Liddick: ‘If ain’t broke, don’t fix it’
Ryan Summerlin August 19, 2014
Before the rain of poisoned arrows that the 2014 campaign will be begins in earnest, it might be useful to review first principles. I won’t deal with the Left side of the aisle, where core beliefs are protean; that is a task of years. What follows is a list of characteristics common to all conservatives — with the caveat that when evaluating, deeds are always more important than words.
Conservatives value tradition. To them, tradition is not a set of stogy practices, ossified by mindless repetition over centuries. Traditions represent the past’s winnowing of behaviors, separating the beneficial and productive from the vicious and useless. To lack this filter is to be rudderless on the shifting tides of fashion, obsessed with the new or novel. Those who advocate the abandonment of long-standing practices should be challenged to specify criteria they would substitute for the test of time. To use a familiar aphorism, “If it ain’t broke, don’t fix it.” Sage words, but painful to those who justify their existence by fixing problems, mostly imaginary.
Conservatives attend to history. The past is useful as a measure of the present — are we better educated, wealthier, better-spoken and mannered, more curious, more vigorous than our counterparts who began our Revolution, or less so? What do the differences between us say about the wisdom — or lack thereof — of current social trends?
History also provides ample lessons about us humans, our foibles and triumphs. What unites Alcibiades the Demagogue, Robespierre the Terrorist and Mao Zedong? How were they successful, and what warnings does that give us? Conversely, what encouragements do the careers of Nicholas Copernicus, George Washington and Mohandas Gandhi offer? Study of the past will answer these questions, even if the answers are painful to some.
Conservatives embrace freedom. This affinity creates problems, since it implies a certain tolerance for inequality: humans have by their nature different capabilities, desires, tastes and interests, so there will be a wide variety of outcomes in any sufficiently large group of us. Conservatives consider this a natural and inevitable result of humans being left alone to pursue their own interests to the extent they wish. They are dubious about government schemes to “reduce inequality,” understanding what usually balances the equation is a reduction of individual liberties. From Rome’s Gaius Marius to Pol Pot, the Lords of Levelling promise equality of circumstance, but more often than not deliver the equality of serfdom.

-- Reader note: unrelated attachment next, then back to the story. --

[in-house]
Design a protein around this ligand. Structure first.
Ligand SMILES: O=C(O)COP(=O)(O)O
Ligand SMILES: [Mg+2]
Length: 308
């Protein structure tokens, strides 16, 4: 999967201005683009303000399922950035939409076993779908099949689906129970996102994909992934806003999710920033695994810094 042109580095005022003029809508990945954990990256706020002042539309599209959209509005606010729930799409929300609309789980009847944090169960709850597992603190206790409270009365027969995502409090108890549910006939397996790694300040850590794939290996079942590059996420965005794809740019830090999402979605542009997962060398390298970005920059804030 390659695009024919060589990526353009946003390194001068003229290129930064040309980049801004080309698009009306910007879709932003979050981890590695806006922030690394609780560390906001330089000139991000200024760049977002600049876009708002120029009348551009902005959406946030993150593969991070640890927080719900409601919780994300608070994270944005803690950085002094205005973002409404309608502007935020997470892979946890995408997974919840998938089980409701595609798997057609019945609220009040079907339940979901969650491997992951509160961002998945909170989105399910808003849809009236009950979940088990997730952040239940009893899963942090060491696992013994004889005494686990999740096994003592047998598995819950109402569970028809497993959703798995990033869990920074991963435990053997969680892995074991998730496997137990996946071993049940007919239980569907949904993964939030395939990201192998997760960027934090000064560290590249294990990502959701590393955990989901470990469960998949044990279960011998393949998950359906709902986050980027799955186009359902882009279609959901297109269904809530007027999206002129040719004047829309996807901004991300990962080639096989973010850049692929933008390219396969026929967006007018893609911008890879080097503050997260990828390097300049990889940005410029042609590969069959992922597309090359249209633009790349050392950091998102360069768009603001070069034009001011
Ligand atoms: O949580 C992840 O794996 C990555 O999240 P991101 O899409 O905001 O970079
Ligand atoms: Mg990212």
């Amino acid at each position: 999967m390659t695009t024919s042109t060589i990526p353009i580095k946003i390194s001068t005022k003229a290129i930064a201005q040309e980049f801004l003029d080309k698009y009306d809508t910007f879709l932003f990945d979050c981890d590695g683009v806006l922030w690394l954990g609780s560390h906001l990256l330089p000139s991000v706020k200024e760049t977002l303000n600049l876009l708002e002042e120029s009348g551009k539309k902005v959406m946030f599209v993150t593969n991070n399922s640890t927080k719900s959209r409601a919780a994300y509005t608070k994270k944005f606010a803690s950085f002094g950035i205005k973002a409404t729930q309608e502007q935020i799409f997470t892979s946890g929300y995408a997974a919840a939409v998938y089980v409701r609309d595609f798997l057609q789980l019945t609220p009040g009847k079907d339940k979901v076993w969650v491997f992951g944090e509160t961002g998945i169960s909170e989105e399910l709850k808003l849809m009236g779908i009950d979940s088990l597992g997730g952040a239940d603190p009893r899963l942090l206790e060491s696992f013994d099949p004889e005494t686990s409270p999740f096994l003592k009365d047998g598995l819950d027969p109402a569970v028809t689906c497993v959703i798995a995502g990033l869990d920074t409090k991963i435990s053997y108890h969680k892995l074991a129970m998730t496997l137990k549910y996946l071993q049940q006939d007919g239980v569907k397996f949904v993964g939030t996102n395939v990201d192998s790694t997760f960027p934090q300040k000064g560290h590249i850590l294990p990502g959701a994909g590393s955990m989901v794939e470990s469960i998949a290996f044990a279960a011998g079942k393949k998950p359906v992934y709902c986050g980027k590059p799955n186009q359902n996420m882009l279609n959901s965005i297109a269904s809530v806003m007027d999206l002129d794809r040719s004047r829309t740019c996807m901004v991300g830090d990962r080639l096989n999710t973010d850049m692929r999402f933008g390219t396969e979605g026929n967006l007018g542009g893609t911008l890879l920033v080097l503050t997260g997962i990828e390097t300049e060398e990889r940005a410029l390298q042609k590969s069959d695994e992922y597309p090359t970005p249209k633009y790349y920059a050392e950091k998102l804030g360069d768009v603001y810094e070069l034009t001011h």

There is also confusion about “liberty,” which some mistake for license. It is the very opposite. Liberty demands self-control; to freedom-loving Conservatives, the ideal republic is that with a minimum number of laws not because it has embraced anarchy, but because its individuals regulate themselves without recourse to higher authorities. In contrast, the current president’s argument that Congress is derelict because it does not satisfy his fetish for legislation has resonance because many Americans have abandoned the defense of freedom in pursuit of the mirage of government-guaranteed material equality.
Conservatives follow rules and procedures. This might seem to contradict liberty, but it does not; rules are what allow the enjoyment of freedom: without them, there is only the law of force and the compulsion of tyranny — majoritarian or otherwise. To paraphrase Hugo Weaving’s marvelous Inspector Aberline, “Rules. They’re all that keep us from a dog-eat-dog world.” This occasionally makes conservatives vulnerable to those for whom rules are a mere inconvenience, but to abandon them would be to embrace the law of the jungle, which we have been trying to escape for the past 6,000 years of human history.
Conservatives appreciate market economies. They value the efficiencies of open markets, which distribute goods and services and provide value to both with unrivaled speed and precision. First described as an “invisible hand” by Adam Smith, the workings of free markets have provided greater prosperity, vitality, wealth and choice to more people than any system managed by humans, no matter how scientific.
Conservatives honor service to country. “Ask not what your country can do for you, ask what you can do for your country,” is an eminently conservative sentiment, and it is a measure of the distance the Democrat party has lurched leftward that one cannot imagine those words coming from the current president. Instead, “sacrifice” is something demanded of greedy, money-grubbing Wall Streeters, so that the recipient classes favored by Democrats may benefit.
Finally, conservatives dislike spending beyond their means — an attitude useful in separating actual conservatives from pretenders. And — in a note to Andrew Romanoff, one of the latter types — fiscal conservatism isn’t a virtue when compelled by law. That’s something else.
So before voting this November, carefully consider not the words, but the behavior of our candidates. Then, choose wisely. It matters.
Morgan Liddick lives in Summit County.
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